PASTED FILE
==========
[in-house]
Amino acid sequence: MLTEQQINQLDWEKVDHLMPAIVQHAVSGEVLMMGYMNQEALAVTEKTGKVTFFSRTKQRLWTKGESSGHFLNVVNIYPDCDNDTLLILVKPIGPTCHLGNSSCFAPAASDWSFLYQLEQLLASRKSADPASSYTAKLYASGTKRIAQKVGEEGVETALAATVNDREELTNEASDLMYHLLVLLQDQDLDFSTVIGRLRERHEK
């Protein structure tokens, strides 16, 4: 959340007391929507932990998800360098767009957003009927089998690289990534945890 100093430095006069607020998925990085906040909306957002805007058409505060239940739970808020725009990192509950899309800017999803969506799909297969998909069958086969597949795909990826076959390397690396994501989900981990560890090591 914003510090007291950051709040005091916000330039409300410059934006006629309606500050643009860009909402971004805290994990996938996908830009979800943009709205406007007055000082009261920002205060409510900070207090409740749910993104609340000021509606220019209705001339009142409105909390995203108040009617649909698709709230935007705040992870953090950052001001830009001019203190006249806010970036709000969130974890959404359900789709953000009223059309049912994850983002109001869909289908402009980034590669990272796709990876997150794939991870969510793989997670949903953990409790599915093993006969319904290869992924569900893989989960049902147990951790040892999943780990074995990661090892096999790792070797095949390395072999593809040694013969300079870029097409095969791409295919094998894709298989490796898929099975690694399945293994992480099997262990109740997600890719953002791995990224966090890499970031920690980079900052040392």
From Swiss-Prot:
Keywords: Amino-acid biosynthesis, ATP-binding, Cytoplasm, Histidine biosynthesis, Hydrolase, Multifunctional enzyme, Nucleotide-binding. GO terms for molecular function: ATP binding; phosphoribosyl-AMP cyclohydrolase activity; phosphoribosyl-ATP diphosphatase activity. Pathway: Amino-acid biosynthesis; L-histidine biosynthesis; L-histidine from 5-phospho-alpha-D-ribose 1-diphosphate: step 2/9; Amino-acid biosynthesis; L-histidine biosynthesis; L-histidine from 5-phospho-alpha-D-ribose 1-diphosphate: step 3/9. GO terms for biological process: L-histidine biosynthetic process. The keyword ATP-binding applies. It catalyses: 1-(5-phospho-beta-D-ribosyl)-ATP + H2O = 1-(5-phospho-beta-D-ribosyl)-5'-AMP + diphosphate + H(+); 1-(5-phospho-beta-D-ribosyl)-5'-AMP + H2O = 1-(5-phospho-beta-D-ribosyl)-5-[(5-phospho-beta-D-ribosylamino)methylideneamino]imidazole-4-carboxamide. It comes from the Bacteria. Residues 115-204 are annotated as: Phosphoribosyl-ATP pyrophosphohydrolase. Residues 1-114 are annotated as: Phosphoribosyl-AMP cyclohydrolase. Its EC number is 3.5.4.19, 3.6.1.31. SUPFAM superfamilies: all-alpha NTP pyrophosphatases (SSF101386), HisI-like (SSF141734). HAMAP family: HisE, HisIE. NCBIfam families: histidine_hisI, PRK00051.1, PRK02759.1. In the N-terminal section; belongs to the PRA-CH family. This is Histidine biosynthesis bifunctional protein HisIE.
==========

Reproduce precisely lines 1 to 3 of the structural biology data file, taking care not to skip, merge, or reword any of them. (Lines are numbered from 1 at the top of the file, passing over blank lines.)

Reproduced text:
[in-house]
Amino acid sequence: MLTEQQINQLDWEKVDHLMPAIVQHAVSGEVLMMGYMNQEALAVTEKTGKVTFFSRTKQRLWTKGESSGHFLNVVNIYPDCDNDTLLILVKPIGPTCHLGNSSCFAPAASDWSFLYQLEQLLASRKSADPASSYTAKLYASGTKRIAQKVGEEGVETALAATVNDREELTNEASDLMYHLLVLLQDQDLDFSTVIGRLRERHEK
């Protein structure tokens, strides 16, 4: 959340007391929507932990998800360098767009957003009927089998690289990534945890 100093430095006069607020998925990085906040909306957002805007058409505060239940739970808020725009990192509950899309800017999803969506799909297969998909069958086969597949795909990826076959390397690396994501989900981990560890090591 914003510090007291950051709040005091916000330039409300410059934006006629309606500050643009860009909402971004805290994990996938996908830009979800943009709205406007007055000082009261920002205060409510900070207090409740749910993104609340000021509606220019209705001339009142409105909390995203108040009617649909698709709230935007705040992870953090950052001001830009001019203190006249806010970036709000969130974890959404359900789709953000009223059309049912994850983002109001869909289908402009980034590669990272796709990876997150794939991870969510793989997670949903953990409790599915093993006969319904290869992924569900893989989960049902147990951790040892999943780990074995990661090892096999790792070797095949390395072999593809040694013969300079870029097409095969791409295919094998894709298989490796898929099975690694399945293994992480099997262990109740997600890719953002791995990224966090890499970031920690980079900052040392």